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|Title:||Rewetting CO2 pulses in Australian agricultural soils and the influence of soil properties|
|Citation:||Biology and Fertility of Soils, 2010; 46(7):739-753|
|Clayton R. Butterly, Petra Marschner, Ann M. McNeill and Jeff A. Baldock|
|Abstract:||An incubation study determined the effect of one dry–rewetting (DRW) event on the turnover of carbon (C), phosphorus (P) and nitrogen (N). Thirty-two soils were collected from different climatic regions of southern Australia, varying in soil type, land use and agronomic management history. We hypothesised that respiration and nutrient pulses are related to soil physio-chemical properties. Respiration (CO2 release) was measured intensively for 90 h after rewetting. C mineralisation (C min) model fitting was used to describe the amount of mineralisable C (Co90 h) and the proportional mineralisation rate (k). Compared to constantly moist soils, 13 soils showed increases in both Co90 h and k, indicating that DRW increased the amount of mineralisable C and the rate at which C was mineralised over the 90-h period. In 17 soils, k was increased but not Co90 h, showing an increase in C mineralisation rate but no change in the amount of mineralisable C. Two soils showed a reduction in k with no change in Co90 h, possibly due to low C contents and small microbial biomass. Only one soil exhibited no change in either Co90 h or k. Multiple linear regression analysis indicated that the magnitude of the increase in mineralisable C in response to the DRW event (∆Co90 h = Co90 h DRW − Co90 h moist) was primarily explained by clay content (39%); however, inclusion of nine soil physio-chemical properties explained more of the variation in ∆Co90 h than any of the properties alone. Five of the nine physio-chemical variables present in the multiple-regression model were related to C content or composition. Pulses in available N and P were not related to ∆Co90 h.|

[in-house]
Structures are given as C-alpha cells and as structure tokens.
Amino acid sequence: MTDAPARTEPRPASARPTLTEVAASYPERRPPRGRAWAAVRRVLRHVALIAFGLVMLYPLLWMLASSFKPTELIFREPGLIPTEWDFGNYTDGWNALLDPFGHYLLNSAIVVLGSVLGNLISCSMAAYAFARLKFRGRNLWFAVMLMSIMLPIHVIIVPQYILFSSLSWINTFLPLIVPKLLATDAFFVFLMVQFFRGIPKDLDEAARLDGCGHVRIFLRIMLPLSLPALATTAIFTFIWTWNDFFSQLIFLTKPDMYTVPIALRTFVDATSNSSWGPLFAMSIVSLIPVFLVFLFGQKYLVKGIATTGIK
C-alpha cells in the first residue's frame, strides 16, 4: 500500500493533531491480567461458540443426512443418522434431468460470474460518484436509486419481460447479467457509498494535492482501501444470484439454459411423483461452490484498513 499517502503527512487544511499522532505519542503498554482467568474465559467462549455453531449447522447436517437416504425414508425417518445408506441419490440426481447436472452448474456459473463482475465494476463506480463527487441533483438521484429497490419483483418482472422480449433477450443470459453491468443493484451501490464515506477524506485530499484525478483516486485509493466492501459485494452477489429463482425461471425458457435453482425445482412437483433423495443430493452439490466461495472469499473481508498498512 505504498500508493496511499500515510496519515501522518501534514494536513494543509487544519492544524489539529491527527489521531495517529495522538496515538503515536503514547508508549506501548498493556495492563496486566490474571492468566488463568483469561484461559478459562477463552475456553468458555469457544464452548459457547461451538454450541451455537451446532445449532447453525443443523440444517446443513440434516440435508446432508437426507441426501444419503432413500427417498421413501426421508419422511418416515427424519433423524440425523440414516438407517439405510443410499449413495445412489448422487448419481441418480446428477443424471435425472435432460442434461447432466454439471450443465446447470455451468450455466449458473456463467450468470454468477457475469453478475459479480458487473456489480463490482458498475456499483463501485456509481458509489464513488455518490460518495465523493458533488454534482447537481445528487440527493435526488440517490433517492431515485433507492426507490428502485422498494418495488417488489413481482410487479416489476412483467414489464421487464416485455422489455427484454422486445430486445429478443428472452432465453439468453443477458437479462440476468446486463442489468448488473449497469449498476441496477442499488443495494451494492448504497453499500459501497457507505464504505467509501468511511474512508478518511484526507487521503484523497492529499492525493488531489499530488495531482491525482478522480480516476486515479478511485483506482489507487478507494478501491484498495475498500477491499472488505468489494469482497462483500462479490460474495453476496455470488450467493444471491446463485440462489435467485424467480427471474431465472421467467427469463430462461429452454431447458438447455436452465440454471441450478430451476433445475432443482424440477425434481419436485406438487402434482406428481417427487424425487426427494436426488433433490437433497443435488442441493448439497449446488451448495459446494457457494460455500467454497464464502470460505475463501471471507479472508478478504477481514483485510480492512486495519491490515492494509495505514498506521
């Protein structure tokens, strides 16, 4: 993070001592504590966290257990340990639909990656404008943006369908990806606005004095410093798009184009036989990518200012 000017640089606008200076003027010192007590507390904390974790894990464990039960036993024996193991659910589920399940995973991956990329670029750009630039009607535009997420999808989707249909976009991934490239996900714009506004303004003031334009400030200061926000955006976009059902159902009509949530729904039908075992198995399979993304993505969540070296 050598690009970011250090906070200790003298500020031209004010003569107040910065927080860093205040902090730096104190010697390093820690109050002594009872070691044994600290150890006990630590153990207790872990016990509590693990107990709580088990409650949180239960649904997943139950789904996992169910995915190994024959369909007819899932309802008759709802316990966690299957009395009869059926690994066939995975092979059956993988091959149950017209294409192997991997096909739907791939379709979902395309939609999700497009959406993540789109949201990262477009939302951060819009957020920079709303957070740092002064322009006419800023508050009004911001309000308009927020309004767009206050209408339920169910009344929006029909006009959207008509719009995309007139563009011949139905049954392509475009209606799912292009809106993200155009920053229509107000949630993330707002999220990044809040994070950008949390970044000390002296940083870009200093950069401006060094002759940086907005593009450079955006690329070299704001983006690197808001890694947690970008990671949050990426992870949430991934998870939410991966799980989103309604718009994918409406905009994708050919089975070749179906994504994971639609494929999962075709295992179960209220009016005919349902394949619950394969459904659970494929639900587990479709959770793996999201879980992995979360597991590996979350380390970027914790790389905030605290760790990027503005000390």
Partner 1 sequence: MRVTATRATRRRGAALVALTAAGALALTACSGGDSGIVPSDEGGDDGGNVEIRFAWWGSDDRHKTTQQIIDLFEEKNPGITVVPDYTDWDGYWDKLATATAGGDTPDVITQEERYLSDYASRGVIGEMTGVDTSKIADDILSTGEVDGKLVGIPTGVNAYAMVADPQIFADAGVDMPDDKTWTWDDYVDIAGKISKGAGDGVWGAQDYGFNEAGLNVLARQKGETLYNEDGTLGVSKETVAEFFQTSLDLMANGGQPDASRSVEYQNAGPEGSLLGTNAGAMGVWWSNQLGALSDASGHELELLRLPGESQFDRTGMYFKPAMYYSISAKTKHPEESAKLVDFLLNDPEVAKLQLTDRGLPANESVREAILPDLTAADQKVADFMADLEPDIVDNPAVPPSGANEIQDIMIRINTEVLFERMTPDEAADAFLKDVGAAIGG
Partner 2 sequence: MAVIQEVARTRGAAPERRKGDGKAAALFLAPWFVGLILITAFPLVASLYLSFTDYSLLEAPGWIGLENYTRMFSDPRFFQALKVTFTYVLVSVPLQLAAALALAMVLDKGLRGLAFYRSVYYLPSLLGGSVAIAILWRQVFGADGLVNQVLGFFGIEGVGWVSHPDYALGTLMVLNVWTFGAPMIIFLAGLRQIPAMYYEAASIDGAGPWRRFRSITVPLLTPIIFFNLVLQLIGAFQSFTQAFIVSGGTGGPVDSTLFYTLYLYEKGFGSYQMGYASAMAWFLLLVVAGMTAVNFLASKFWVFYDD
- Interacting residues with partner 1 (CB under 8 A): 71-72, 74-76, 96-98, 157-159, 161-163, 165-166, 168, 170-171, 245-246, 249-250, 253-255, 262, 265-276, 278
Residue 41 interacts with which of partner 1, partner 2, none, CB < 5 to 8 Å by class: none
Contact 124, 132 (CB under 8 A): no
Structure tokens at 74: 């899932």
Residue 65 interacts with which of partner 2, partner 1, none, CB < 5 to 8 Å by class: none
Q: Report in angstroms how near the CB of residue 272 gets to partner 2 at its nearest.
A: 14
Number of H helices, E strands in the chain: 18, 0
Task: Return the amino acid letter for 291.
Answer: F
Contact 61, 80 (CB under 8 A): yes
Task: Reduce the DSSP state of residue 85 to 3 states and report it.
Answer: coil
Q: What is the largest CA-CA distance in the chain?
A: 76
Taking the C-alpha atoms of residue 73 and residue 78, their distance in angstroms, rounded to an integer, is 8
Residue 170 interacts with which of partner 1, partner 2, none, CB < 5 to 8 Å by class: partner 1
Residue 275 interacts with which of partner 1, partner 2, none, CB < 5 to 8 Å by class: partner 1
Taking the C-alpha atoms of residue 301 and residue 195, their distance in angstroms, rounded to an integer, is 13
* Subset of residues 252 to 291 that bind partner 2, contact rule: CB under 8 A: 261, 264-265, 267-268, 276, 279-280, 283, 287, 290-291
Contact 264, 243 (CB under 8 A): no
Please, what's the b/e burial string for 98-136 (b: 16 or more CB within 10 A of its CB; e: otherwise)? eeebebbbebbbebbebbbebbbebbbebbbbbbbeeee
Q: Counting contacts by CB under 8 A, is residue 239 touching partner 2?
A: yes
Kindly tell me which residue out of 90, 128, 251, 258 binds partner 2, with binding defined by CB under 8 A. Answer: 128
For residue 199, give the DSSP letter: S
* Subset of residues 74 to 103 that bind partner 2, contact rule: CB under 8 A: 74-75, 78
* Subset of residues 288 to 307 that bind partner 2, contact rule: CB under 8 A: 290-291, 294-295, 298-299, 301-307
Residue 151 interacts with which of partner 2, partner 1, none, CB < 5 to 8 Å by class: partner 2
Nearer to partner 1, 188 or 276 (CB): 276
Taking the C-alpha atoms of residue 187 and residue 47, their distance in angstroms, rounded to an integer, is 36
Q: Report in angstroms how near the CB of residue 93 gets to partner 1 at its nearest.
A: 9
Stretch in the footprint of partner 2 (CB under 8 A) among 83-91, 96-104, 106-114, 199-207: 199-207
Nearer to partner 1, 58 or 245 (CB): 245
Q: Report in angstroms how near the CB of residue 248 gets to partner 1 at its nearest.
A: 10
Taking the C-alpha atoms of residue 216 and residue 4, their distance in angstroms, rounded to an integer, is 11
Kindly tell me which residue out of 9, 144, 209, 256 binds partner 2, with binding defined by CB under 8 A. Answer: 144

|Rights:||© Springer-Verlag 2010|
|Appears in Collections:||Agriculture, Food and Wine publications|
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